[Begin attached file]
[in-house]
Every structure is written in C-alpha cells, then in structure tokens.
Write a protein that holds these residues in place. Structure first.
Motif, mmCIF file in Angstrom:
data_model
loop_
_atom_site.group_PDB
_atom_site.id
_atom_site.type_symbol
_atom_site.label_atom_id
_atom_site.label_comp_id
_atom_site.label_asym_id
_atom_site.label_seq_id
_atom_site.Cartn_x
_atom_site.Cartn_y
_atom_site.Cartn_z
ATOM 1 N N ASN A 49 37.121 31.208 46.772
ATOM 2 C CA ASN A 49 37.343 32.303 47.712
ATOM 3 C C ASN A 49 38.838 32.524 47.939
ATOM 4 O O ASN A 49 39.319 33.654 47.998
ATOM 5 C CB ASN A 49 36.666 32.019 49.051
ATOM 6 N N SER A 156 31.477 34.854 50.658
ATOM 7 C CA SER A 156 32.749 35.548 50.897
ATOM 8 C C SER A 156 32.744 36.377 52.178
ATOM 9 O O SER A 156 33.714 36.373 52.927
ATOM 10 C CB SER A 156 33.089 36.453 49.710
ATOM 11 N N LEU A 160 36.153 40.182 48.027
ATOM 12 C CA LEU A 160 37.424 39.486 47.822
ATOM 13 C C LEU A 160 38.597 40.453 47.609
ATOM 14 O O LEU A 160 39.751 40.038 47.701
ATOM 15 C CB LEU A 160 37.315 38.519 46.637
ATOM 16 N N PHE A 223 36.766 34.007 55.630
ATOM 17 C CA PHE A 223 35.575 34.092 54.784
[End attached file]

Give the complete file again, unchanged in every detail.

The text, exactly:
[in-house]
Every structure is written in C-alpha cells, then in structure tokens.
Write a protein that holds these residues in place. Structure first.
Motif, mmCIF file in Angstrom:
data_model
loop_
_atom_site.group_PDB
_atom_site.id
_atom_site.type_symbol
_atom_site.label_atom_id
_atom_site.label_comp_id
_atom_site.label_asym_id
_atom_site.label_seq_id
_atom_site.Cartn_x
_atom_site.Cartn_y
_atom_site.Cartn_z
ATOM 1 N N ASN A 49 37.121 31.208 46.772
ATOM 2 C CA ASN A 49 37.343 32.303 47.712
ATOM 3 C C ASN A 49 38.838 32.524 47.939
ATOM 4 O O ASN A 49 39.319 33.654 47.998
ATOM 5 C CB ASN A 49 36.666 32.019 49.051
ATOM 6 N N SER A 156 31.477 34.854 50.658
ATOM 7 C CA SER A 156 32.749 35.548 50.897
ATOM 8 C C SER A 156 32.744 36.377 52.178
ATOM 9 O O SER A 156 33.714 36.373 52.927
ATOM 10 C CB SER A 156 33.089 36.453 49.710
ATOM 11 N N LEU A 160 36.153 40.182 48.027
ATOM 12 C CA LEU A 160 37.424 39.486 47.822
ATOM 13 C C LEU A 160 38.597 40.453 47.609
ATOM 14 O O LEU A 160 39.751 40.038 47.701
ATOM 15 C CB LEU A 160 37.315 38.519 46.637
ATOM 16 N N PHE A 223 36.766 34.007 55.630
ATOM 17 C CA PHE A 223 35.575 34.092 54.784